And then, there’s the added pressure and speed in which our culture moves. The world travels at such a fast pace that it’s easy to fall into the trap of putting unrealistic expectations on ourselves or allowing others to dictate what we should or shouldn’t be putting into our lives.
I consider myself primarily a stay-at-home, and even still, I felt my mornings slipping into a place of busyness by adding just one more thing to my “to-do” list. I didn’t even have to leave my home or our quiet rural neighborhood, and yet this lie had baited me.
Unlike the immediate barrage of the overstimulated Chuck-E-Cheese environment, this type of bombardment was slow, subtle, and crept into our home until I couldn’t pin-point exactly where it started or how it had gotten so overwhelming.
As I tried to get more done each morning, I was spending less time with my kids, plopping them in front of the television, and pushing them to play nicely together while I finished up just one more thing. They wanted more of their mom in those morning hours, and I would only zoom in and out to give a quick kiss or quickly separate them in a toy battle without actually dealing with the heart of the matter.
More battles were sneaking into our morning routine. Morning transitions were becoming extremely difficult for my four-year-old. As we transitioned from T.V. to playtime, playtime to reading, reading to getting out the door, and so on, the meltdowns ensued. As a parent, I realize this is normal for a 4-year-old to have meltdowns, to challenge and push the boundaries, but something was stirring in my heart that we needed a change.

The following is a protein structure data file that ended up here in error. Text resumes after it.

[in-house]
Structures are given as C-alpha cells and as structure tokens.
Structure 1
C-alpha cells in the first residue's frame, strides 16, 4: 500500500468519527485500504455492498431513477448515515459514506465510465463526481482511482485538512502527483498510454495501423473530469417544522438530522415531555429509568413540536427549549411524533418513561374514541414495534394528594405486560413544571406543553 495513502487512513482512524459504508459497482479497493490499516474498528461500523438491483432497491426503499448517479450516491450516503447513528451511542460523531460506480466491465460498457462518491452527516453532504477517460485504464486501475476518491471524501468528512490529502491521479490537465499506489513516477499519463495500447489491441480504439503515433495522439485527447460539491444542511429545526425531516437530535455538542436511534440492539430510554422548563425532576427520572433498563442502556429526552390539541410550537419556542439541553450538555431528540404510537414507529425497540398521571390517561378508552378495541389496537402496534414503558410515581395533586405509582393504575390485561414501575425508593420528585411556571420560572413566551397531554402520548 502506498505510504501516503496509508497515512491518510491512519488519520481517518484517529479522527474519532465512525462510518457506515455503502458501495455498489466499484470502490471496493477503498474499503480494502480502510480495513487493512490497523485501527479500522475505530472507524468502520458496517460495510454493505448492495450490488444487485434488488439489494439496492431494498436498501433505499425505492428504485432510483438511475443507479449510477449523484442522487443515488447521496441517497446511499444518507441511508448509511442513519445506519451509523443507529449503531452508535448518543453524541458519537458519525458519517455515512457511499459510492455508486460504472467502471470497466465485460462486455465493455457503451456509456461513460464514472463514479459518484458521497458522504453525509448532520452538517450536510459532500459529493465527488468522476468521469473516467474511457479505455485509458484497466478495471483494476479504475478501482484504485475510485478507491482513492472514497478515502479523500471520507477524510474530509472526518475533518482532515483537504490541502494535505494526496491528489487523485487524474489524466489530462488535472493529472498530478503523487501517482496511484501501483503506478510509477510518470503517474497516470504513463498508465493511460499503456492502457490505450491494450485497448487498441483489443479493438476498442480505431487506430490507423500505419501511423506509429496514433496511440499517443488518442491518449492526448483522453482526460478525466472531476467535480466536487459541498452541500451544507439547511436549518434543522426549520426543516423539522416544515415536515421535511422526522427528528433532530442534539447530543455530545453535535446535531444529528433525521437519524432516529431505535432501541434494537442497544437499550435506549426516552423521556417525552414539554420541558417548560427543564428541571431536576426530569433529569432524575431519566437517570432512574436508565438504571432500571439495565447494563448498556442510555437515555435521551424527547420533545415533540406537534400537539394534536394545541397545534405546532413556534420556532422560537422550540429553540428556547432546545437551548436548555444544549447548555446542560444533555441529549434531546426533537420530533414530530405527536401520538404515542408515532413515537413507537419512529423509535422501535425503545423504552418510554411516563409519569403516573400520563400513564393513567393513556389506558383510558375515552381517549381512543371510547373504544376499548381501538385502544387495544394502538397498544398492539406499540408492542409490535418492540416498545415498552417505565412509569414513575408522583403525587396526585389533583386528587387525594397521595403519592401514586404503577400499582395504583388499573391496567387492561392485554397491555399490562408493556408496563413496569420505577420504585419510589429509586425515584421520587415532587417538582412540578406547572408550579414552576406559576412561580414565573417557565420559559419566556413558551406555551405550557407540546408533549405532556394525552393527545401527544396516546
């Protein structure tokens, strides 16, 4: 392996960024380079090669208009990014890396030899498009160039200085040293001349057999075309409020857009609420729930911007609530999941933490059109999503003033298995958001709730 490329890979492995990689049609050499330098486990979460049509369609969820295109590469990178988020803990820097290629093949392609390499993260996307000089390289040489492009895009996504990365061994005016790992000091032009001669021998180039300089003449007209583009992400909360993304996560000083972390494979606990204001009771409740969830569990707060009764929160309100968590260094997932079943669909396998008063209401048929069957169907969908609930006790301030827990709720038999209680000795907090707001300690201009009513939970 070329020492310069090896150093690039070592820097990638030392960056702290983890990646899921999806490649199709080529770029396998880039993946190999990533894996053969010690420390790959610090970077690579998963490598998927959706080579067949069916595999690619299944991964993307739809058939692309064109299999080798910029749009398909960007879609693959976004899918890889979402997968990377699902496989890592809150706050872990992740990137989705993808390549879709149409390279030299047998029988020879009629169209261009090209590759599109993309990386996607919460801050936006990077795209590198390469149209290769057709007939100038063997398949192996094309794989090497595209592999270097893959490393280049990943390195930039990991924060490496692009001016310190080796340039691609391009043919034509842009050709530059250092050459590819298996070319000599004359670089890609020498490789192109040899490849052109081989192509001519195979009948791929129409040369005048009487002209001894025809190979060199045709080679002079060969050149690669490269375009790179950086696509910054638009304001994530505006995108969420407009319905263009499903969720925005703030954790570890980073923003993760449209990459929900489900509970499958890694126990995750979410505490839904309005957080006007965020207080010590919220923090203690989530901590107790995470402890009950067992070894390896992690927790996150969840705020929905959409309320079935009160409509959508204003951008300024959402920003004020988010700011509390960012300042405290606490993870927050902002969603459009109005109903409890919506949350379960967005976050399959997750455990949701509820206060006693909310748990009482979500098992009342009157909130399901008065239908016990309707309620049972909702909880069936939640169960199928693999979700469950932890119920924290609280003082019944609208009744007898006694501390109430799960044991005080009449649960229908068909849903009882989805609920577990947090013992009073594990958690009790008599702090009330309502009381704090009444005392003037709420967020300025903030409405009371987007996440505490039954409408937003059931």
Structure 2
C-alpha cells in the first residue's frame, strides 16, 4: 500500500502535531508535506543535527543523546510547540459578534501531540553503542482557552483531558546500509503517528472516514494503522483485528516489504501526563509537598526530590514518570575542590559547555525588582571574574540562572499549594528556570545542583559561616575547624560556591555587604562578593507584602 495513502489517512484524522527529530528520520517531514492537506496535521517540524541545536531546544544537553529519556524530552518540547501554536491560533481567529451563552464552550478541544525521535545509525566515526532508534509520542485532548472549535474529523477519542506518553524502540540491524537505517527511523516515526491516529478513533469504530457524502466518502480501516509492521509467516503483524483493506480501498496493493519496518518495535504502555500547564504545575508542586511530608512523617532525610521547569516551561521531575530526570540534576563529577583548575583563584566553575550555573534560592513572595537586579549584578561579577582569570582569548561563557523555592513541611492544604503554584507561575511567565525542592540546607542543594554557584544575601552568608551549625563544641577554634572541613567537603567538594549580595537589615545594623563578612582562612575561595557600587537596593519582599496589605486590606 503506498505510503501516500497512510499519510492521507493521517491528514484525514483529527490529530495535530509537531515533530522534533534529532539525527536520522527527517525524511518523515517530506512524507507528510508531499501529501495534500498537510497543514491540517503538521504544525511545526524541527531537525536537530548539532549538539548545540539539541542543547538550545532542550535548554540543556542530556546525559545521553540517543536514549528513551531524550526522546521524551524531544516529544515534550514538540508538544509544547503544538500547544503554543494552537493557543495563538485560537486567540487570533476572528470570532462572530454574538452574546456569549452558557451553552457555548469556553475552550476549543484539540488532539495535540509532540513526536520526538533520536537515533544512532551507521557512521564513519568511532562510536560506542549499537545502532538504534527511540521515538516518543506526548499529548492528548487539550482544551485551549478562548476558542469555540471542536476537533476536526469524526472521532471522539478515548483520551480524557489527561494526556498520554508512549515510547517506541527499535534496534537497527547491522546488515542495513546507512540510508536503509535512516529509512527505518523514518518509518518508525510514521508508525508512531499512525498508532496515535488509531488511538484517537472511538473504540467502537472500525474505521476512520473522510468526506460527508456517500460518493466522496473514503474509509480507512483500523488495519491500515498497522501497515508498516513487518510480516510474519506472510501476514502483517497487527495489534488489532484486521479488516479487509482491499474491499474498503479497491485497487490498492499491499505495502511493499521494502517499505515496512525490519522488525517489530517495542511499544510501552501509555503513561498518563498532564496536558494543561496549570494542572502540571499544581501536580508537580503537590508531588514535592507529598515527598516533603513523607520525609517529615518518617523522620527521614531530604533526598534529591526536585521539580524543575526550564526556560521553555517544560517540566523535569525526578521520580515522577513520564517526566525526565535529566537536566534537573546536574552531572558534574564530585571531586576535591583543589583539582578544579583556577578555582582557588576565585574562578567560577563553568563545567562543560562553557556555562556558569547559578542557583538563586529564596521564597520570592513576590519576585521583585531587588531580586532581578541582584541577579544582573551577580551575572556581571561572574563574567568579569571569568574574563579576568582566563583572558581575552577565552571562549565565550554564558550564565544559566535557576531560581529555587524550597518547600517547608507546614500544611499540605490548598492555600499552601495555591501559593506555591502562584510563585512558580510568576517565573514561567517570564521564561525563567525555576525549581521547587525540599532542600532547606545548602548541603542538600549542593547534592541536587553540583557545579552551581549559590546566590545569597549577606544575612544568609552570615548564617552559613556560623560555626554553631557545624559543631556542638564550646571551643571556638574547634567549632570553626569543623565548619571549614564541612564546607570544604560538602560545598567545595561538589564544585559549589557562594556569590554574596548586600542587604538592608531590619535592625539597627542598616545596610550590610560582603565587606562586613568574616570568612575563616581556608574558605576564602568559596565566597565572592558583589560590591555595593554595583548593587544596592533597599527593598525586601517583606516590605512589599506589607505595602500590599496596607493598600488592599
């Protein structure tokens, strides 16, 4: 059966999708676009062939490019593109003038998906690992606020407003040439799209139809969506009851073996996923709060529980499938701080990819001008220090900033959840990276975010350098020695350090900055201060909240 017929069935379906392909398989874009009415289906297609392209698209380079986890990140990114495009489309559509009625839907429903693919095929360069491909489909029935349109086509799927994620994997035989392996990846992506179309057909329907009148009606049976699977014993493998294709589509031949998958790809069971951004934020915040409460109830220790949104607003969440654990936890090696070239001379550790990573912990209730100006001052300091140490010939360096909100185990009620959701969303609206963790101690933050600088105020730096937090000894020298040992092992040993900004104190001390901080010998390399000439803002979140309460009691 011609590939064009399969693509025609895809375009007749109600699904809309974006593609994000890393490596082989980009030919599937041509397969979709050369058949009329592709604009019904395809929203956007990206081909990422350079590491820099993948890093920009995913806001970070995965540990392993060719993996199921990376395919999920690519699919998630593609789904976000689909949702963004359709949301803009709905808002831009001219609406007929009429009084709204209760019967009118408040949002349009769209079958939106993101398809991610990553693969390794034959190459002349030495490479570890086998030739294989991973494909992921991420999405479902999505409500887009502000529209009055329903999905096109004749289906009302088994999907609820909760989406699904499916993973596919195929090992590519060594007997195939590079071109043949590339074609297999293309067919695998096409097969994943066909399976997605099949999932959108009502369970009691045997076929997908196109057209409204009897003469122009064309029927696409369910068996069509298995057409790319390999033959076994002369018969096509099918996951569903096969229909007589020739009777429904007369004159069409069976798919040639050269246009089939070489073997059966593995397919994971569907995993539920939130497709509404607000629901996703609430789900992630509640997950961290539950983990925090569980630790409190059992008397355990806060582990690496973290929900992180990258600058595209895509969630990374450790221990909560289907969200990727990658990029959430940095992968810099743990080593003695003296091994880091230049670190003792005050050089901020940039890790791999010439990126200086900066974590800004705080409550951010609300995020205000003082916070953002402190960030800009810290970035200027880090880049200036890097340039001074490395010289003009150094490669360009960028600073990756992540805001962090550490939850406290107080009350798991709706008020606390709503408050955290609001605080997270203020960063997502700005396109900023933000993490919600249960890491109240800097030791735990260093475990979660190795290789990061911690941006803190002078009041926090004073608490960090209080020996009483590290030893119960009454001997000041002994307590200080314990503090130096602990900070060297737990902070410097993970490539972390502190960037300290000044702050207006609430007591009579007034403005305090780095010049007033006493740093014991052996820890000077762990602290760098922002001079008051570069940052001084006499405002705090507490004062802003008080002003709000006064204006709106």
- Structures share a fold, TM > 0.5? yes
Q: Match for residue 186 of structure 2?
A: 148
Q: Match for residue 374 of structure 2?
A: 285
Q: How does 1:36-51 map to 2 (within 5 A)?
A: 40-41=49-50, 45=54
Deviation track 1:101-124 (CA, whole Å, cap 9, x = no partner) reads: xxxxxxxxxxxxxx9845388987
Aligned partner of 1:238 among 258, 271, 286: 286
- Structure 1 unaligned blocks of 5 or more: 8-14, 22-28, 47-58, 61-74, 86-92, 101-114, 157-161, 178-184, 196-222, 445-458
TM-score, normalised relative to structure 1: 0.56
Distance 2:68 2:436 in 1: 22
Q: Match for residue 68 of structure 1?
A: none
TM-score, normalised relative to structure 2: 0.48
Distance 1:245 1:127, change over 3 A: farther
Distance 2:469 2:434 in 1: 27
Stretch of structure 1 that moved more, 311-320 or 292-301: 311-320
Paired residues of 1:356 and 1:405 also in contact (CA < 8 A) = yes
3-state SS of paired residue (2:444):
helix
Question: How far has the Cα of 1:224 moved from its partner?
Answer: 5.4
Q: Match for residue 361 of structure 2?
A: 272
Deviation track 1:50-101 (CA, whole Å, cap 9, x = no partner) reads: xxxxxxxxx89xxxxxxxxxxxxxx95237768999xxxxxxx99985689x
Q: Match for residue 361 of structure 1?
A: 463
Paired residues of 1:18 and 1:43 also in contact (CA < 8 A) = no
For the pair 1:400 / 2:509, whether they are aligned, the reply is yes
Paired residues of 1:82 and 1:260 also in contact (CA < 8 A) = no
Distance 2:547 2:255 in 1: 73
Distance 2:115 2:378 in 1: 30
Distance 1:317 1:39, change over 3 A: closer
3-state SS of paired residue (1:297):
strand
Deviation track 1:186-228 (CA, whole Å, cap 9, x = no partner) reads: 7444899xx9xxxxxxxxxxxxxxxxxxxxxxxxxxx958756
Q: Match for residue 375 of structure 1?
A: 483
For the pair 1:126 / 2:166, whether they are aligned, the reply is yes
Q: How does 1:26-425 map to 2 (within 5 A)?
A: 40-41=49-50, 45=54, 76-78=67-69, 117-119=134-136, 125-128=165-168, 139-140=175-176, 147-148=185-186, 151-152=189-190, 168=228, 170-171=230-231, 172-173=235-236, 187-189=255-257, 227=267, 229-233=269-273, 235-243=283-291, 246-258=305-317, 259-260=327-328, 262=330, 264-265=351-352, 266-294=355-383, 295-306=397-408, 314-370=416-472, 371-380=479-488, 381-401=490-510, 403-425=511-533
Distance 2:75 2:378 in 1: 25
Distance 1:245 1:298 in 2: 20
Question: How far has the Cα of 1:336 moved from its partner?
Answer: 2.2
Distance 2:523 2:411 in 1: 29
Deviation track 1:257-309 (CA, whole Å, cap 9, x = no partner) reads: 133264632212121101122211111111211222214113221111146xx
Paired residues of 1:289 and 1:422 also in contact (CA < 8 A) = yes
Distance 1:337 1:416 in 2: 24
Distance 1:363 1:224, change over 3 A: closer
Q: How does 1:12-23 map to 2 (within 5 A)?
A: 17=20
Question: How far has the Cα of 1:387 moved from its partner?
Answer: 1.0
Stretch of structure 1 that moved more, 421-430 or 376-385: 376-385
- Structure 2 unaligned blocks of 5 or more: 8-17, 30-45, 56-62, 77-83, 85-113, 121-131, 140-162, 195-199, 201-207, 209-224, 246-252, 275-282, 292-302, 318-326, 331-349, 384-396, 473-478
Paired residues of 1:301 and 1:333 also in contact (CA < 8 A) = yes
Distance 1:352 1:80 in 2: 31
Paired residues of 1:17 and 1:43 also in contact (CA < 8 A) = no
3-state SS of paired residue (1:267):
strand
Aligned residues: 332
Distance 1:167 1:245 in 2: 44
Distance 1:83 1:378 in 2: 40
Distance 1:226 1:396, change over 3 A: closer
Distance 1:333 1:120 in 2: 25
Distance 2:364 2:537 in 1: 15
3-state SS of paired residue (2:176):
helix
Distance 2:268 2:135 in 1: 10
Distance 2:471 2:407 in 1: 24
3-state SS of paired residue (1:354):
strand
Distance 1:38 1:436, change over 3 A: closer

Even after I had gotten my “to-do” list done for the morning, I still found myself escaping into e-mails or checking “events” we could attend on my phone. I would read articles, pay a bill, or check out books that I’d want to read, all the while justifying it as “getting things done”. My quality time kept getting pushed aside and I was piling on more and more distractions that took me away from actually addressing the heart issues in myself and my children.
I soon found myself saying “no”, “I have to get this done”, or “maybe later” more often than I wanted. My children understand that there are certain parts of our day where mom needs to get things done, but that part of my day was taking up more and more chunks of time.
I was beyond frustrated, as I was putting too much pressure on my children to behave a certain way and play a certain way while I “got things done”. As my children acted out, I was triggered. It interrupted MY time (cringe). Frustration turned to anger and anger turned to lashing-out at them for the pressure I was putting on myself to uphold an impossible standard.
I was becoming the overstimulated adult.
Somewhere along the line, I had bought into the lie that if I was achieving enough, doing enough, and having something to show for my mornings, then I would feel complete and accomplished. But in actively doing so much, and overstimulating my mornings with more and more, I was actually taking away from what I really needed- those heart connections with my kids.